Kids protest farmed frog legs in Virginia

You probably associate frog legs with French cuisine and its offshoots (they’re pretty popular in Southern Louisiana where I grew up)… but the United States is challenging France as the world’s leader in frog eating. That’s happening, in large part, because some restaurant chains now carry frog legs… which they generally import from farms in China.

According to non-profit Save the Frogs, this particular brand of animal agriculture is creating some pretty ugly biodiversity issues. According to the organization, “…farm-raised bullfrogs are known carriers of a deadly skin disease called chytridiomycosis, which has caused the extinction of up to 100 amphibian species worldwide.” Additionally, the introduction of bullfrogs into non-native habitats has led to the extinction of other frog species — the bullfrogs eat them — as well as damage to other wildlife and plant species.

So, how has Save the Frogs tried to educate consumers on the consequences of farming frogs? By protesting one of the larger chains with frog legs on the menu…

Young activists protest frog legs sales at Uncle Julio’s

On Sunday, Save the Frogs supporters protested the sale of frog legs outside of Uncle Julio’s Rio Grande Café in Arlington, Virginia. When I say “young activists,” I mean it… eight middle and elementary school students were a part of the protest. According to Kerry Krieger, Save the Frogs’ executive director, the educational role reversal will likely make such actions more successful:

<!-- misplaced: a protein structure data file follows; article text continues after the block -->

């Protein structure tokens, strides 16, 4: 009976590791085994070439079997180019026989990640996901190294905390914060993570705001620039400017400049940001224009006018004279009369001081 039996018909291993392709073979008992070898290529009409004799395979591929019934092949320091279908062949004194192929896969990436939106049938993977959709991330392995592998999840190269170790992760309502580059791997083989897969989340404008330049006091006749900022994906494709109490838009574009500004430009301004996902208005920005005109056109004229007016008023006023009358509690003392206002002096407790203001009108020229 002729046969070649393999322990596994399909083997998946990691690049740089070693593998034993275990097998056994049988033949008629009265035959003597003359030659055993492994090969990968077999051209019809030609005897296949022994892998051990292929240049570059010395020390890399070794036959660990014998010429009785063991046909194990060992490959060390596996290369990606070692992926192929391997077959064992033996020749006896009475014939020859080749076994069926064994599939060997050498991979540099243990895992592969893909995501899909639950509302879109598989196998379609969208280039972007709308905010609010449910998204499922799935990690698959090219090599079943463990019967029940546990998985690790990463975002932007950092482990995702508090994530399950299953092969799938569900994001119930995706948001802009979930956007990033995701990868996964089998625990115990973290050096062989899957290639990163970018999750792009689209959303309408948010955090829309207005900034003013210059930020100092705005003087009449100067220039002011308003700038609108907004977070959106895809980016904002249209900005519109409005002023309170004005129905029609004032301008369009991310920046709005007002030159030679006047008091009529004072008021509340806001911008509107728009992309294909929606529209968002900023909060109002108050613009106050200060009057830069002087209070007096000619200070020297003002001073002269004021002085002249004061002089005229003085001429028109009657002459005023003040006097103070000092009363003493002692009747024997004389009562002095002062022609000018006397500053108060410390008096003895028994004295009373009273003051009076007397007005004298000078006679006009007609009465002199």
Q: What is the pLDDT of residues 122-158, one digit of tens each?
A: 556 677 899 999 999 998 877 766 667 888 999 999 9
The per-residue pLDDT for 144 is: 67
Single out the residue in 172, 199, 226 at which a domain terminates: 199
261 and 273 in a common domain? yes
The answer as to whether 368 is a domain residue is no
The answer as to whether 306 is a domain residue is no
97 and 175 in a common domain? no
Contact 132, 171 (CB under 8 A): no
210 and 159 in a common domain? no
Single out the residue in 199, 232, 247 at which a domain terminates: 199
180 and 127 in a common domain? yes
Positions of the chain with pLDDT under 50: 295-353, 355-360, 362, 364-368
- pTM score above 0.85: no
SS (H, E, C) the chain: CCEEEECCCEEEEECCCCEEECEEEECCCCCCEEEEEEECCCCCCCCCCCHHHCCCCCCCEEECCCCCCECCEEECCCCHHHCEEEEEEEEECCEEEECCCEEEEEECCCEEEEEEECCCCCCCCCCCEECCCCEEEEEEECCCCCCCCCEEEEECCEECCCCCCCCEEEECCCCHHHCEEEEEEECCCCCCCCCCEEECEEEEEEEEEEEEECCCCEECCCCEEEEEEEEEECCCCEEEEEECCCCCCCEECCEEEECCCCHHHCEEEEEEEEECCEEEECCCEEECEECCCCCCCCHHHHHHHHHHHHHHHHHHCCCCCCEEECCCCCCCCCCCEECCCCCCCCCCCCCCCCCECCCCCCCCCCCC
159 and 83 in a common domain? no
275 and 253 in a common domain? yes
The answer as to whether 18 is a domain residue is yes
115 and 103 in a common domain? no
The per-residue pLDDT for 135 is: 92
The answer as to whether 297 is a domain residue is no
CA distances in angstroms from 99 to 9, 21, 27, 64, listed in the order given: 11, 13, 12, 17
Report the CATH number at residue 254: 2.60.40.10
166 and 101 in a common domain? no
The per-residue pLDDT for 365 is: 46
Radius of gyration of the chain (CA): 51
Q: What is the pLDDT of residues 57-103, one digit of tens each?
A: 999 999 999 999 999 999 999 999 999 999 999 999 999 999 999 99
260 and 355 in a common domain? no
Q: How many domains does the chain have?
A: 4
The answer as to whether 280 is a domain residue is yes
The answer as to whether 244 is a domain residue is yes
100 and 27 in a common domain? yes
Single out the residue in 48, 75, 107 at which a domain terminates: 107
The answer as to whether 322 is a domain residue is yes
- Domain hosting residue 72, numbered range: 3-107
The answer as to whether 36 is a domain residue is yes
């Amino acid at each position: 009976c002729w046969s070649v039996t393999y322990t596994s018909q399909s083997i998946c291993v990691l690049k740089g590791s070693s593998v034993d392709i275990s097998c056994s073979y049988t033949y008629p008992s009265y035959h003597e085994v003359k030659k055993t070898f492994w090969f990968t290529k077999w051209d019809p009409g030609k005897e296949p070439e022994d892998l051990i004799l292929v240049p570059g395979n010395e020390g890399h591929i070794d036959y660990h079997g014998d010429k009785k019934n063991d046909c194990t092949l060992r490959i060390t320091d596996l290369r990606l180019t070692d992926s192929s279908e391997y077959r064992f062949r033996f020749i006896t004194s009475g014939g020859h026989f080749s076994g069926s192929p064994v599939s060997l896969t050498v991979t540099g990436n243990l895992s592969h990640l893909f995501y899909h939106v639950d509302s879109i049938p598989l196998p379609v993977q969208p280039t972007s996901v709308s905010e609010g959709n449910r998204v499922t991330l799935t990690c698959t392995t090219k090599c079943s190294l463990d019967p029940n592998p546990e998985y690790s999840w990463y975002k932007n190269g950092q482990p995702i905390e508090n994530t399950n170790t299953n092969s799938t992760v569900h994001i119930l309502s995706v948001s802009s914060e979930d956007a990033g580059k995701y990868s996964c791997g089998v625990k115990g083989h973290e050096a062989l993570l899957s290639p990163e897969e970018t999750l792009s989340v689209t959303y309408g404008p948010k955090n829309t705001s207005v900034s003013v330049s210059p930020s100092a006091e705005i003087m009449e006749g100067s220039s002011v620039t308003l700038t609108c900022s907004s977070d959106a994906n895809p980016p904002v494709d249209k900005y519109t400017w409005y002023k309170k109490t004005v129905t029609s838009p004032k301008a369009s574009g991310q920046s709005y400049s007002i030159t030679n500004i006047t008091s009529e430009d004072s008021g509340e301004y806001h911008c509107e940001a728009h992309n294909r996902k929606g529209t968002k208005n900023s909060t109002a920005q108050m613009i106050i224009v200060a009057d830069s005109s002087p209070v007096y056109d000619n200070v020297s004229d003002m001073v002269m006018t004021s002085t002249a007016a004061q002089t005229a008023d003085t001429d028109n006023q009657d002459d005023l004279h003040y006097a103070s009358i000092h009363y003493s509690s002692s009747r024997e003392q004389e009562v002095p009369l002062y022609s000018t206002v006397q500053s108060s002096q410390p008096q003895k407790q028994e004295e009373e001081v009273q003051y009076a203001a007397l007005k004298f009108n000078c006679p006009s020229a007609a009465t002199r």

It’s great to see kids taking action and educating adults about the health of our ecosystems and simple ways to solve the planet’s environmental problems… With the help of students like those who took a stand in defense of the frogs yesterday, there’s a good chance frogs will be around for a long time to come.

Want to join in (or give your own kids a chance to learn more about frogs and other amphibians)? Save the Frogs is running a petition drive aimed at Uncle Julio’s. They’re also sponsoring an art contest for kids, and have a ton of educational resources available on their website.

You a frog leg eater? Possibly rethinking it? Let us know…


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